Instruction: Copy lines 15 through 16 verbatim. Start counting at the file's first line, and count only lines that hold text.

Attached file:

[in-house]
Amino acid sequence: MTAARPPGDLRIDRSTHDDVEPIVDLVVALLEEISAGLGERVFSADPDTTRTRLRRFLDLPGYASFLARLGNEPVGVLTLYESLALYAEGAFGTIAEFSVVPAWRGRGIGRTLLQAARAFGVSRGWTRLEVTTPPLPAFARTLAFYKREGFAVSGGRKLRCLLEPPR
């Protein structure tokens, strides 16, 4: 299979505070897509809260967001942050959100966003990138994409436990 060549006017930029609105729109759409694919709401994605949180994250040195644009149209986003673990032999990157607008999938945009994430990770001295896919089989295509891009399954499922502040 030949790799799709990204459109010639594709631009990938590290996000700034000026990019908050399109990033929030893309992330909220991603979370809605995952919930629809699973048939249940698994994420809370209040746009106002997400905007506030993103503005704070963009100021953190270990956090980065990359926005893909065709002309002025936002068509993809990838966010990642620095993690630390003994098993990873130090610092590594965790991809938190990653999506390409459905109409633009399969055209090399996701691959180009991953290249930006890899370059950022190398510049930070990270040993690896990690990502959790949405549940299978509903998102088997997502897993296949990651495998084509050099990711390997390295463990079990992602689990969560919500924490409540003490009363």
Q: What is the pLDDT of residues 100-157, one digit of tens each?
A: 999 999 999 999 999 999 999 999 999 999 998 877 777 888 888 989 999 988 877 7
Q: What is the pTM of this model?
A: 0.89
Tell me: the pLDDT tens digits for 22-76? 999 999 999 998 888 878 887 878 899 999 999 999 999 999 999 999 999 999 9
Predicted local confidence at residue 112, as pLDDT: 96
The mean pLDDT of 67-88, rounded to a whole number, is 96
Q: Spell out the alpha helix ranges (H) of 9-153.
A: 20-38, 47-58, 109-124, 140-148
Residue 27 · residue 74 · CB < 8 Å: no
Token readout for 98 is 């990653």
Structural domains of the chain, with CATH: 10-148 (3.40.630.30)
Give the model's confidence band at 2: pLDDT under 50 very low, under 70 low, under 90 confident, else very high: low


Structural domains of the chain, with CATH: 10-148 (3.40.630.30)
Give the model's confidence band at 2: pLDDT under 50 very low, under 70 low, under 90 confident, else very high: low